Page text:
The Securities and Exchange Commission on Tuesday obtained a court order halting an ongoing fraud involving an initial coin offering scheme that raised as much as $21 million by orchestrating a social media campaign based on false corporate relationships and false testimonials with the Federal Reserve, PayPal, Verizon, Boeing and The Walt Disney Co.
The court also approved an emergency asset freeze and the appointment of a receiver for Titanium Blockchain Infrastructure Services Inc., the firm behind the alleged scheme.
According to the SEC complaint unsealed Tuesday, Titanium President Michael Alan Stollery, aka Michael Stollaire, a self-described “blockchain evangelist,” lied about business relationships with the Federal Reserve and dozens of well-known firms, including PayPal, Verizon, Boeing, and The Walt Disney Company.
The complaint alleges that Titanium’s website contained fabricated testimonials from corporate customers and that Stollaire publicly — and fraudulently — claimed to have relationships with numerous corporate clients.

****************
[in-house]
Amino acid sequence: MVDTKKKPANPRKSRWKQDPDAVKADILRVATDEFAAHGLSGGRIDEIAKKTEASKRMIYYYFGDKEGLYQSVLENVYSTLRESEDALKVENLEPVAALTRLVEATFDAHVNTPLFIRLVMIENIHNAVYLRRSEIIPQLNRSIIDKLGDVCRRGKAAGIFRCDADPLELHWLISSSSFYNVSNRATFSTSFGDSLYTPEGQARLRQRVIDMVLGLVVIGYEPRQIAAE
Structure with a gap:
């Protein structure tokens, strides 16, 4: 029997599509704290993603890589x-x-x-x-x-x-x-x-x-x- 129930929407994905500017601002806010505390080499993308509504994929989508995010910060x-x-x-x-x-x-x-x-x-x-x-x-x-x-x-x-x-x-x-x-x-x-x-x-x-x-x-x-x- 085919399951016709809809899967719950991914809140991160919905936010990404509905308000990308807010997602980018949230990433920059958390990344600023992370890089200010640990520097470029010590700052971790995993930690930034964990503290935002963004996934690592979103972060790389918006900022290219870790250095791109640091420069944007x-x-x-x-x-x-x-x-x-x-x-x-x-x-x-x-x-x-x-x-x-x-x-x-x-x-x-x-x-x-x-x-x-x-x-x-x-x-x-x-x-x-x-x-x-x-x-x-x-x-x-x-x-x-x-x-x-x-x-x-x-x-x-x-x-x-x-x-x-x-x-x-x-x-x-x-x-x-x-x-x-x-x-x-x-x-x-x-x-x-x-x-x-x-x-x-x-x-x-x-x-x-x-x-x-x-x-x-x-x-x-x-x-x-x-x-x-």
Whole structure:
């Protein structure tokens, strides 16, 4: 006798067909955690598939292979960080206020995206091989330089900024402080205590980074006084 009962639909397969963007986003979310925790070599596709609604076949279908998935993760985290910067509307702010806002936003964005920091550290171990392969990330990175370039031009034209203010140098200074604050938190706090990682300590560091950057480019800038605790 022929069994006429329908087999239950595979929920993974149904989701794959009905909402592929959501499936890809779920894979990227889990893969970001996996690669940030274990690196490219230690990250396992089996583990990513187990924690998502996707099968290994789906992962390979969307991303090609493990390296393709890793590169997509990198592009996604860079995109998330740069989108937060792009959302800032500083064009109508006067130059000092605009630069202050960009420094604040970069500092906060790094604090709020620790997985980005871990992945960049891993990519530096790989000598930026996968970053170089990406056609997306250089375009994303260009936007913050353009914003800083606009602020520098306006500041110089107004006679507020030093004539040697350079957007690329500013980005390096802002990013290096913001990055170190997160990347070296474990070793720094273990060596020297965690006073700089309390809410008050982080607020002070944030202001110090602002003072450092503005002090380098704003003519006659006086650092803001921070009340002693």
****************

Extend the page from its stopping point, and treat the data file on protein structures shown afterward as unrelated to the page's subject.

The complaint alleges that Stollaire promoted the ICO through videos and social media and compared it to investing in “Intel or Google.”
Between late November 2017 through at least Jan. 25, 2018, the defendants “succeeded in raising as much as $21 million in the form of various digital assets, such as Ether and Bitcoin, and cash from dozens of investors located in at least 18 states, including California, and abroad,” the complaint states, who purchased the digital asset in the scheme dubbed “BAR.”
“This ICO was based on a social media marketing blitz that allegedly deceived investors with purely fictional claims of business prospects,” said Robert Cohen, chief of the SEC Enforcement Division’s Cyber Unit. “Having filed multiple cases involving allegedly fraudulent ICOs, we again encourage investors to be especially cautious when considering these as investments.”
The SEC’s complaint, filed on May 22 in federal district court in Los Angeles, charges Stollaire and Titanium with violating the antifraud and registration provisions of the federal securities laws.
The complaint seeks preliminary and permanent injunctions, return of allegedly ill-gotten gains plus interest and penalties, and a bar against Stollaire to prohibit him from participating in offering digital securities in the future.
Following the court’s entry of a temporary restraining order against them, Stollaire and his companies consented to the entry of a preliminary injunction and the appointment of a permanent receiver over Titanium.
The SEC’s investigation is continuing.